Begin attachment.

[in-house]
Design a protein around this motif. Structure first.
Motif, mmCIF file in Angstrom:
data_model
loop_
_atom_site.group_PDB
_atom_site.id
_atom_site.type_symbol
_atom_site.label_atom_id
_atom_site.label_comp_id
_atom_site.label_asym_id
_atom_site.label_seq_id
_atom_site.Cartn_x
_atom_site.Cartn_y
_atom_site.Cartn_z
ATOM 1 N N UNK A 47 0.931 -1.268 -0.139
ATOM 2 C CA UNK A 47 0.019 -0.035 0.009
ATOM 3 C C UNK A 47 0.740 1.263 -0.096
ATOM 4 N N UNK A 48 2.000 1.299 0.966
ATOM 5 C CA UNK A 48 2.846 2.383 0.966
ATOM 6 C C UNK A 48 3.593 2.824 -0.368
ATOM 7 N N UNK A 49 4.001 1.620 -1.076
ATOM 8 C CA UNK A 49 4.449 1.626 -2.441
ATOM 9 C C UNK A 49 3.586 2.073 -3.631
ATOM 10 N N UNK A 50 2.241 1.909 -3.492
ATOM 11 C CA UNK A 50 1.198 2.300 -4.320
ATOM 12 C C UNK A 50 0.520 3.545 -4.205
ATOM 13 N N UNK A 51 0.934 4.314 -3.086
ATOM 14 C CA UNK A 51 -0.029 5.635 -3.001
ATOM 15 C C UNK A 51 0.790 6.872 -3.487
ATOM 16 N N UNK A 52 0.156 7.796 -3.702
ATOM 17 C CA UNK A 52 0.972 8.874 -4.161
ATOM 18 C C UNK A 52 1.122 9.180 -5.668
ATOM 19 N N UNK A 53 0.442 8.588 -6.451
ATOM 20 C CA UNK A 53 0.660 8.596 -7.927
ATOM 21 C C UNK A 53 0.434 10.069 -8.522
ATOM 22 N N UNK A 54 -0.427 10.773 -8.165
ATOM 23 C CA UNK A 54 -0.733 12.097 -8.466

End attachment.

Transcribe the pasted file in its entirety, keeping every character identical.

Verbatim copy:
[in-house]
Design a protein around this motif. Structure first.
Motif, mmCIF file in Angstrom:
data_model
loop_
_atom_site.group_PDB
_atom_site.id
_atom_site.type_symbol
_atom_site.label_atom_id
_atom_site.label_comp_id
_atom_site.label_asym_id
_atom_site.label_seq_id
_atom_site.Cartn_x
_atom_site.Cartn_y
_atom_site.Cartn_z
ATOM 1 N N UNK A 47 0.931 -1.268 -0.139
ATOM 2 C CA UNK A 47 0.019 -0.035 0.009
ATOM 3 C C UNK A 47 0.740 1.263 -0.096
ATOM 4 N N UNK A 48 2.000 1.299 0.966
ATOM 5 C CA UNK A 48 2.846 2.383 0.966
ATOM 6 C C UNK A 48 3.593 2.824 -0.368
ATOM 7 N N UNK A 49 4.001 1.620 -1.076
ATOM 8 C CA UNK A 49 4.449 1.626 -2.441
ATOM 9 C C UNK A 49 3.586 2.073 -3.631
ATOM 10 N N UNK A 50 2.241 1.909 -3.492
ATOM 11 C CA UNK A 50 1.198 2.300 -4.320
ATOM 12 C C UNK A 50 0.520 3.545 -4.205
ATOM 13 N N UNK A 51 0.934 4.314 -3.086
ATOM 14 C CA UNK A 51 -0.029 5.635 -3.001
ATOM 15 C C UNK A 51 0.790 6.872 -3.487
ATOM 16 N N UNK A 52 0.156 7.796 -3.702
ATOM 17 C CA UNK A 52 0.972 8.874 -4.161
ATOM 18 C C UNK A 52 1.122 9.180 -5.668
ATOM 19 N N UNK A 53 0.442 8.588 -6.451
ATOM 20 C CA UNK A 53 0.660 8.596 -7.927
ATOM 21 C C UNK A 53 0.434 10.069 -8.522
ATOM 22 N N UNK A 54 -0.427 10.773 -8.165
ATOM 23 C CA UNK A 54 -0.733 12.097 -8.466